Sunday, November 15, 2009

Run a red light, buy a sidewalk

Yesterday, the Seattle Times reported that Seattle Councilman Nick Licata is suggesting that the city increase its use of red light running cameras and mobile speed cameras to fill a $4.5 million deficit in the city’s budget. Part of this deficit was caused by the repeal of the $25 head tax for employers for each employee which commuted by a single-occupant vehicle. The head tax revenue was primarily devoted to pedestrian and bicycle improvements.

I am a fan of the red light running cameras since studies have shown that the numbers of collisions caused by red light running, like the more severe “T-bone” collisions, are reduced. These cameras prove to be a vital tool for the enforcement component of what traffic engineers call the three E’s (Engineering, Enforcement, and Education). With police department budgets being cut, these cameras help jurisdictions due more with less money.

One of the main criticisms of these cameras is that they are used for revenue enhancement for the jurisdiction. Engineers and jurisdictions have tried to combat this criticism ever since the installation of first cameras. Now, we have a city councilman blatantly saying that it is his intent to use them in this way.

I believe that using cameras for revenue enhancement is wrong for a number of reasons. First, the government should not rely on revenue generated from its citizens violating the law. Red lights should be obeyed regardless of whether or not there is a camera. Second, the funding of bicycle and pedestrian improvements should not be dependant on the violations of motorists to fund critical improvements for them. Third, once money is involved, it becomes difficult for engineers to use other methods to help reduce red-light running related collisions at intersections (such as increasing the yellow clearance interval or installing larger signal indications). Finally, using funds from red light cameras for things not even remotely related creates more public ill will towards these cameras. And when more than 800 people are killed and 200,000 more are injured each year in collisions resulting from red light running motorists, we don’t need to encourage those feelings.

Saturday, October 24, 2009

Sometimes, you just luck out

One of these special moments occurred for me yesterday. After 2 days of being sick and watching Regis and Kelly (oh God, kill me now), I was finally in some shape to return to work. Once there I looked at the window. And to my surprise, SDOT was installing a new flashing crosswalk light at 5th Ave S & S King St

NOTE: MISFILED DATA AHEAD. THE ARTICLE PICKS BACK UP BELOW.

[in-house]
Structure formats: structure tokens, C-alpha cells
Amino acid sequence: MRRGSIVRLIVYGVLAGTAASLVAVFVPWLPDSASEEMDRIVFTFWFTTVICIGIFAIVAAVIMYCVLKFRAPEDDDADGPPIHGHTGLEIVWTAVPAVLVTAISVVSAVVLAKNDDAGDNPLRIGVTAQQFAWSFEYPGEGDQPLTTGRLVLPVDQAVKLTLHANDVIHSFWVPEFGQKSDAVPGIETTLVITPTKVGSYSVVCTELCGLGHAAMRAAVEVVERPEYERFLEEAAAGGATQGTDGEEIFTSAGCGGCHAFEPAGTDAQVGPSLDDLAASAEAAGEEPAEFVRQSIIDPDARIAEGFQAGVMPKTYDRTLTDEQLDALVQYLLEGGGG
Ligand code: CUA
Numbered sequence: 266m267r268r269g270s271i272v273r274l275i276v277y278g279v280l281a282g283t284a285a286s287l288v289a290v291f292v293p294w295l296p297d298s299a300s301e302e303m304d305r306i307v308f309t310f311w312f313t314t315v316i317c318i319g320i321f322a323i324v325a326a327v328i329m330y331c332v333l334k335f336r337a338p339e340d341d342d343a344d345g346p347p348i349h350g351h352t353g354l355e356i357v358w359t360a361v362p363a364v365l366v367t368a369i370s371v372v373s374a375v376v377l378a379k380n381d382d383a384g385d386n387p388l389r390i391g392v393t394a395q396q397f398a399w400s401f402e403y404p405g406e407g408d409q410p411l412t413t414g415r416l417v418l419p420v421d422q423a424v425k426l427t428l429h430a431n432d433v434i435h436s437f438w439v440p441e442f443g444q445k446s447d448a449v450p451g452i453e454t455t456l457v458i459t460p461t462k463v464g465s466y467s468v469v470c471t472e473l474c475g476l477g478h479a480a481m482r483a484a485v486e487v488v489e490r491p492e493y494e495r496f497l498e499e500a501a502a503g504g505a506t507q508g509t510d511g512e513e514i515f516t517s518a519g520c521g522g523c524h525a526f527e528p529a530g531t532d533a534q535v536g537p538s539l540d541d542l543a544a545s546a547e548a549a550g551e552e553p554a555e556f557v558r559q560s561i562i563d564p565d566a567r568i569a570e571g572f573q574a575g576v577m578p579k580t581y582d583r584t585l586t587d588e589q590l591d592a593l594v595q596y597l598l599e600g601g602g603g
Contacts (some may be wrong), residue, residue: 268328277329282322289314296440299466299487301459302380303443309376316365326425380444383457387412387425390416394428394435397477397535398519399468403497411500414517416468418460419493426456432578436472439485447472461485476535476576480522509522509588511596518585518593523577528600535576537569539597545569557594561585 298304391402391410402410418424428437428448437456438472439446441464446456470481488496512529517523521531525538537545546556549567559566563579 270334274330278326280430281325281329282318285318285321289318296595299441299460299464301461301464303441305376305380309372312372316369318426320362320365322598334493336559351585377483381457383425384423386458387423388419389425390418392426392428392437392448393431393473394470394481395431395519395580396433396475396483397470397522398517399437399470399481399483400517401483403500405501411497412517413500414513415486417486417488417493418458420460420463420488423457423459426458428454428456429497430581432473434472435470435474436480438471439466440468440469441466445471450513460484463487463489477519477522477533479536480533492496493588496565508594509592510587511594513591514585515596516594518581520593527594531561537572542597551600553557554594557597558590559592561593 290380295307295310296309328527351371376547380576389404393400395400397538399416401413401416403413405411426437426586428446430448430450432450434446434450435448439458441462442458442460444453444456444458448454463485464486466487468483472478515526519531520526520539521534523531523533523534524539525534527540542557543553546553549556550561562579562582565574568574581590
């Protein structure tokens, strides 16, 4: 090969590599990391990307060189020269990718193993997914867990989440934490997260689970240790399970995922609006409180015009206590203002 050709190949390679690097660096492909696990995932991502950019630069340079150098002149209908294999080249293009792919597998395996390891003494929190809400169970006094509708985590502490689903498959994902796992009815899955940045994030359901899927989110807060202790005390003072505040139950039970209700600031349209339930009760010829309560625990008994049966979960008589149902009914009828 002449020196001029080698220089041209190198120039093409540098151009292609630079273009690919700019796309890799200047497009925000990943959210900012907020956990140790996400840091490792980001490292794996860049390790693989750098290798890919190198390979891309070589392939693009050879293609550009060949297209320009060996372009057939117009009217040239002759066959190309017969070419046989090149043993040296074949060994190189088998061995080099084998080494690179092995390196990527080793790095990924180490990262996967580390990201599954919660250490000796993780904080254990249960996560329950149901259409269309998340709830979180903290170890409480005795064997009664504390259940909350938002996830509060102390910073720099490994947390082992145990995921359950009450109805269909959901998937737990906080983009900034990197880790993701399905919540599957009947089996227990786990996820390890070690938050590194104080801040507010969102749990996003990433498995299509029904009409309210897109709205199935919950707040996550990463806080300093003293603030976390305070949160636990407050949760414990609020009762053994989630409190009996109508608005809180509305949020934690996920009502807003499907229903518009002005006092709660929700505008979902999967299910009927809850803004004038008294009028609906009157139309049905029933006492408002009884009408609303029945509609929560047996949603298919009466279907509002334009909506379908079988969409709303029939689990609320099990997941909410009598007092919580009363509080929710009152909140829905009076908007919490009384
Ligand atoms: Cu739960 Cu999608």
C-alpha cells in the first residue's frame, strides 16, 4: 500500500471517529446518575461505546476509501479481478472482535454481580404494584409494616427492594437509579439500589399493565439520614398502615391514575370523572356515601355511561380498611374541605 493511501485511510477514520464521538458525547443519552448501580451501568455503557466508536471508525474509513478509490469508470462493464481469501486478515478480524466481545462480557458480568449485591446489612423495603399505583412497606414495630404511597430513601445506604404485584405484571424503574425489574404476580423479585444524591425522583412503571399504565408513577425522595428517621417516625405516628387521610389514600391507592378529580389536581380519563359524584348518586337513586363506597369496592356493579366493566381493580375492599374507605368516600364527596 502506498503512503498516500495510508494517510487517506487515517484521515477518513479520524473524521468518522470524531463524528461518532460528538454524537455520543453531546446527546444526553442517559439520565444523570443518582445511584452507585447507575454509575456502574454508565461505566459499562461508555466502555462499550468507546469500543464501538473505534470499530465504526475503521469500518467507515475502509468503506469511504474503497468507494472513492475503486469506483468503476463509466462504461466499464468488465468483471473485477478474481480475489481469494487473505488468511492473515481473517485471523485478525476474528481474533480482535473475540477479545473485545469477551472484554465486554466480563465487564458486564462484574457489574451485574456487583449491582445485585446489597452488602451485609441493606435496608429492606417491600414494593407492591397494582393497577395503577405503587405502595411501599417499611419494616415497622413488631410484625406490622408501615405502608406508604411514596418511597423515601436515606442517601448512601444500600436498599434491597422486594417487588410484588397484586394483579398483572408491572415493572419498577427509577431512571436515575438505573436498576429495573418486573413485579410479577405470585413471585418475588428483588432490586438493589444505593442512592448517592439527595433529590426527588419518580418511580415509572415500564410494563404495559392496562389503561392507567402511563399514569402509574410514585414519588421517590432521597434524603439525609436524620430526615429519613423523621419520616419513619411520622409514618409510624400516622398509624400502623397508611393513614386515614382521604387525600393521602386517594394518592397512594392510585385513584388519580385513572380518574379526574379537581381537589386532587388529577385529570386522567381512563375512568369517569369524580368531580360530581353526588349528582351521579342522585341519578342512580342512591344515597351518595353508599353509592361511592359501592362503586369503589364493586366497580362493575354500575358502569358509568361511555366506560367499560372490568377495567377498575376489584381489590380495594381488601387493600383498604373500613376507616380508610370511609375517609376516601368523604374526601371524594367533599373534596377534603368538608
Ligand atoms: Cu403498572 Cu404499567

What is neat about this whole event is the fact that, for most of us, these things just happen. You don’t know when they happened; they just simply appeared, like gnomes. Anyways, so now some facts…

SDOT installs yellow flashing lights at a number of crosswalk locations. The one seen here is one of the older versions. It’s kind of a retro-looking device that appears to be made out of someone’s garage (side note: You would be surprised by the number of things traffic engineers make in their garages/basements/etc that end up on roadways). It is likely that this device came from one of the recently removed crosswalk locations and is being reused at this location. The housing itself holds a small incandescent light which provides additional lighting to the crosswalk. A small photocell is on top of the housing turns on the light. The amber flashing light is on 24-hrs a day providing a constant warning to drivers. Overall, this is a very simple device.

Tuesday, October 13, 2009

No, you’re not drunk and seeing double…

You’re seeing one of the most recent installations of shared lane use markings, or sharrows, on Yesler Way in downtown Seattle. These markings are meant to indicate to motorists and bicyclists that there is likely to be bike traffic on this road and that both modes should share the road.

Seattle, like other large cities, has curb side parking which converts to a travel lane during the peak hours. Typically, this doesn’t really require anything more than No Parking signs with a time restriction on them for motorists like this.

But, now, how do you mark a roadway with sharrrows with this condition? Do you put a marking in the lane that is always open but becomes the left lane during the peak hours? Do you put a marking in the right lane which is parking for a majority of the day?